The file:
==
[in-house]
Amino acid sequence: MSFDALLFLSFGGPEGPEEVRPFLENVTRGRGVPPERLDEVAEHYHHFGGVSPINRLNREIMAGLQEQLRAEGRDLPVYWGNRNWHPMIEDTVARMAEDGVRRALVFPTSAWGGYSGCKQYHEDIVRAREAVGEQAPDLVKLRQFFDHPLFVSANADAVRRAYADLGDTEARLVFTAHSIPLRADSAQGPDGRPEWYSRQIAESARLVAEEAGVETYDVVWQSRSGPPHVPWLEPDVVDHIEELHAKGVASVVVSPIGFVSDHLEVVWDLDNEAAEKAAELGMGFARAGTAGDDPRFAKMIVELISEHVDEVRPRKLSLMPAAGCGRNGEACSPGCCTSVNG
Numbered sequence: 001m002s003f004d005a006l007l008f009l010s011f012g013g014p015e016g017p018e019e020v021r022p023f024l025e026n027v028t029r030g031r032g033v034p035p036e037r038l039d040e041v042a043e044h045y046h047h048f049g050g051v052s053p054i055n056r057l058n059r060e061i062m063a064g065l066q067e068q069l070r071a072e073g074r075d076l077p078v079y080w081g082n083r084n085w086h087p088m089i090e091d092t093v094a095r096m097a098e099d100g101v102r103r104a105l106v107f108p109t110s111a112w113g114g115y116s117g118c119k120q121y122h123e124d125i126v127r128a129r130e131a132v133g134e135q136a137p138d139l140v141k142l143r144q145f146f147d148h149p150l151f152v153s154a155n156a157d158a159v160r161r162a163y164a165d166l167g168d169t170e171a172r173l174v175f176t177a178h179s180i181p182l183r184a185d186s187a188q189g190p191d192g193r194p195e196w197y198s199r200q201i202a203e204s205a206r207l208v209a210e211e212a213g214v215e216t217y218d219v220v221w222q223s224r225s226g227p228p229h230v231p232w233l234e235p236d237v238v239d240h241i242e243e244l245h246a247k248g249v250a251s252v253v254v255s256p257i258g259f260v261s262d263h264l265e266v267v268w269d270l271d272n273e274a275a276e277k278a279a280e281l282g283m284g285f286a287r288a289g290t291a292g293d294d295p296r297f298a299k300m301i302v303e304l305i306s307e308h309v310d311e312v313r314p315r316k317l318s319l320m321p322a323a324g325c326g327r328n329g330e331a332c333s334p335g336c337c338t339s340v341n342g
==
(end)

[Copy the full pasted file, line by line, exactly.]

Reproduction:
[in-house]
Amino acid sequence: MSFDALLFLSFGGPEGPEEVRPFLENVTRGRGVPPERLDEVAEHYHHFGGVSPINRLNREIMAGLQEQLRAEGRDLPVYWGNRNWHPMIEDTVARMAEDGVRRALVFPTSAWGGYSGCKQYHEDIVRAREAVGEQAPDLVKLRQFFDHPLFVSANADAVRRAYADLGDTEARLVFTAHSIPLRADSAQGPDGRPEWYSRQIAESARLVAEEAGVETYDVVWQSRSGPPHVPWLEPDVVDHIEELHAKGVASVVVSPIGFVSDHLEVVWDLDNEAAEKAAELGMGFARAGTAGDDPRFAKMIVELISEHVDEVRPRKLSLMPAAGCGRNGEACSPGCCTSVNG
Numbered sequence: 001m002s003f004d005a006l007l008f009l010s011f012g013g014p015e016g017p018e019e020v021r022p023f024l025e026n027v028t029r030g031r032g033v034p035p036e037r038l039d040e041v042a043e044h045y046h047h048f049g050g051v052s053p054i055n056r057l058n059r060e061i062m063a064g065l066q067e068q069l070r071a072e073g074r075d076l077p078v079y080w081g082n083r084n085w086h087p088m089i090e091d092t093v094a095r096m097a098e099d100g101v102r103r104a105l106v107f108p109t110s111a112w113g114g115y116s117g118c119k120q121y122h123e124d125i126v127r128a129r130e131a132v133g134e135q136a137p138d139l140v141k142l143r144q145f146f147d148h149p150l151f152v153s154a155n156a157d158a159v160r161r162a163y164a165d166l167g168d169t170e171a172r173l174v175f176t177a178h179s180i181p182l183r184a185d186s187a188q189g190p191d192g193r194p195e196w197y198s199r200q201i202a203e204s205a206r207l208v209a210e211e212a213g214v215e216t217y218d219v220v221w222q223s224r225s226g227p228p229h230v231p232w233l234e235p236d237v238v239d240h241i242e243e244l245h246a247k248g249v250a251s252v253v254v255s256p257i258g259f260v261s262d263h264l265e266v267v268w269d270l271d272n273e274a275a276e277k278a279a280e281l282g283m284g285f286a287r288a289g290t291a292g293d294d295p296r297f298a299k300m301i302v303e304l305i306s307e308h309v310d311e312v313r314p315r316k317l318s319l320m321p322a323a324g325c326g327r328n329g330e331a332c333s334p335g336c337c338t339s340v341n342g